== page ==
I am going to let you in on a secret here, one that is going to sound odd coming from someone who spends a lot of her time asking people to write more. The thing is, to write about your work you don’t even have to write at all. One of my favourite methods for ‘writing’ is simply to talk about it out loud.
I like to walk. And, since I’m alone and no one can really hear me, I use that time to talk to myself. If I have something I’d like to write about I often start by saying things out loud, just to see what they sound like. Sometimes I ramble, and find I’ve stumbled across a lovely turn of phrase, and sometimes I pretend I’m having a conversation with a good friend and I’m telling them about my work. I frequently find the words I am after flow out of me in a way that doesn’t always happen when I sit at my desk, pen in hand or at my laptop. I recommend this technique in all my writing workshops and it’s also a technique I use with my clients. People are less self-conscious when they talk (we are so used to doing it) and I find that people always end up saying out loud the words they need, often in the most perfect way.
If you are a seasoned talker-out-loud like me, you may find you can remember the words you found and can write them down later, or you may like to have a notebook to hand to jot them down. But this isn’t a fool-proof method, and it’s always disheartening to know that you had the right words but then lost them. So, I recommend recording yourself on your phone, which isn’t so bad if you are inside but can be a bit weird if you are outside in public, so I leave it entirely up to you.
Here are two approaches that always seem to strike writing gold. As with the other techniques for writing I’ve suggested in previous posts, one will suit Gardeners down to the ground and the other will resonate with Architects. But don’t let that stop you trying both and seeing which one works for you.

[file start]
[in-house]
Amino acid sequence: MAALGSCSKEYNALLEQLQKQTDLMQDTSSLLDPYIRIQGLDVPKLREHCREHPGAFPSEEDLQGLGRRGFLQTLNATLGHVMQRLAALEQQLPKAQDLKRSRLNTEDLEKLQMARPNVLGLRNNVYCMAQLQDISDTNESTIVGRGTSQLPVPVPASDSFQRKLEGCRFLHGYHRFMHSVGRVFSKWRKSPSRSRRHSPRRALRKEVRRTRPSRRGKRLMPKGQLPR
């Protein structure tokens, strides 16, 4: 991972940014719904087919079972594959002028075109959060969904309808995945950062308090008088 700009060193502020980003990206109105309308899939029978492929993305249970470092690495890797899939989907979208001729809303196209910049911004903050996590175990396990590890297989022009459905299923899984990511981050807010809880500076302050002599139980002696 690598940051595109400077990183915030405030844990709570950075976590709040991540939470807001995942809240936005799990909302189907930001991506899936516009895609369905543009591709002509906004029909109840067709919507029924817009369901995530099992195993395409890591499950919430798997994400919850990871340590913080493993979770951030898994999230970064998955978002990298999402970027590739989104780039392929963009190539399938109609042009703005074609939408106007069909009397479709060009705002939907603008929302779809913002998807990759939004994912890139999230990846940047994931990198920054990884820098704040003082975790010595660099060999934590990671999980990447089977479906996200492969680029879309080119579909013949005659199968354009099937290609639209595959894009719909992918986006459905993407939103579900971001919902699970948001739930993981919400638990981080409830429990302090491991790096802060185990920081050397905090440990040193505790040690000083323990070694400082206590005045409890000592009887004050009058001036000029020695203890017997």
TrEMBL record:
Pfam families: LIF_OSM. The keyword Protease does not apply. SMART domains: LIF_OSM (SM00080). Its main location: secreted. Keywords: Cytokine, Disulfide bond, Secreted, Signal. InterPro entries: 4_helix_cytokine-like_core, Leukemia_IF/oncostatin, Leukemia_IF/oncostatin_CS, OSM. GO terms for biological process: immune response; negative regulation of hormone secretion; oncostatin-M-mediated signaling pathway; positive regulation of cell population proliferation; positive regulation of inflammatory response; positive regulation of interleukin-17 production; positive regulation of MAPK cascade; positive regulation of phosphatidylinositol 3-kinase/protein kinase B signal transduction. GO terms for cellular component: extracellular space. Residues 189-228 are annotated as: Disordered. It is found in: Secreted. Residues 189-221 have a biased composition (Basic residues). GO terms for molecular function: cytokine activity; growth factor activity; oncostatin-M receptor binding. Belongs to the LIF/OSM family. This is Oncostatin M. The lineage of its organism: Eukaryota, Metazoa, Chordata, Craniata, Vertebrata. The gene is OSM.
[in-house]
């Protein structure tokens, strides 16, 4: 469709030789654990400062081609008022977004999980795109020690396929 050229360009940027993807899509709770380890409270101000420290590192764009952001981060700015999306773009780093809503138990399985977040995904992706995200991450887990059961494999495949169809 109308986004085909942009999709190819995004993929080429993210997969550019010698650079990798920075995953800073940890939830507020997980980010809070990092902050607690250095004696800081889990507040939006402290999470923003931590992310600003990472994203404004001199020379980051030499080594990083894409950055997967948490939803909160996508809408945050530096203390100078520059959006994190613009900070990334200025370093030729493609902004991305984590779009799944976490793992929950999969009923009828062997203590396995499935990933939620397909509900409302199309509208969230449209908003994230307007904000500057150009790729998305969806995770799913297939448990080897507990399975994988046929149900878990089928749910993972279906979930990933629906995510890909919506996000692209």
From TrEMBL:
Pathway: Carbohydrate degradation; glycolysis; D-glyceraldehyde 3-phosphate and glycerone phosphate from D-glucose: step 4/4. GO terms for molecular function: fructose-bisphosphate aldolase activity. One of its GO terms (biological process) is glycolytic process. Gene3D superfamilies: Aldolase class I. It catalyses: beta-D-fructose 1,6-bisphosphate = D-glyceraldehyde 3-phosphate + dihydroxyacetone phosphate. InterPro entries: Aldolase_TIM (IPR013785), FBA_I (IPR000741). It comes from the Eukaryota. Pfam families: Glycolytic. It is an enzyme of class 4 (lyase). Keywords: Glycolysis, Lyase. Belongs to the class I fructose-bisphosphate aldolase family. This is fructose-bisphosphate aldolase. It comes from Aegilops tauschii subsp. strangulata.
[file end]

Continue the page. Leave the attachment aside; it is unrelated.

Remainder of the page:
The not-so-inner monologue
(great for Gardeners)
Find a spot where you won’t be heard by other people (out for a walk is good, or by yourself in your studio or workshop). You want to feel relaxed and natural. Start talking out loud about the topic you want to write about, just go wherever your mind takes you and don’t worry too much about what you say. You may find yourself circling around the same ideas, refining your words and honing in on what it is that you want to say, or you may find that you end up somewhere completely unexpected. If you get stuck and can’t think of anything to say, imagine you have a friend with you – someone who understands your work – and you need to explain it to them. What questions would they ask you?
Use whatever method of capturing the words you prefer. Stop and start writing down the bits you liked best. If you recorded yourself then find a quiet spot to listen to the audio file and make notes. The great thing about a recording is that you can come back to it again and again, and you can transcribe your words verbatim – so handy when you came up with that ideal way of describing your work.
The one-sided interview
(great for Architects)
Draw up a list of questions you want to answer. Find somewhere quiet to conduct your interview, as this technique works best if you record what you say. It’s up to you whether you want to do this on your own, or if you’d like someone else to ask the questions. If you don’t have anyone else around, interviewing yourself can still work well– pose the question and answer it as fully as you can. If you run out of things to say, imagine someone else is there to push you to answer.
However, this is technique that works brilliantly if there are two of you. Give the other person your list of questions – these will start the conversation and be prompts if the discussion fizzles out. What is great about doing this with someone else is that they can ask you questions you didn’t think up, they can enquire into aspects of your practice that you didn’t even consider, and they can respond or ask you to clarify things.
Both methods will leave you with a wealth of words to use and no writing was done! Transcribe your audio files, or type up your notes, and you may find you have the first draft of an artist’s statement, an application or website text ready to go and only the editing to worry about. Why not give it a try next time you have a piece of writing to do?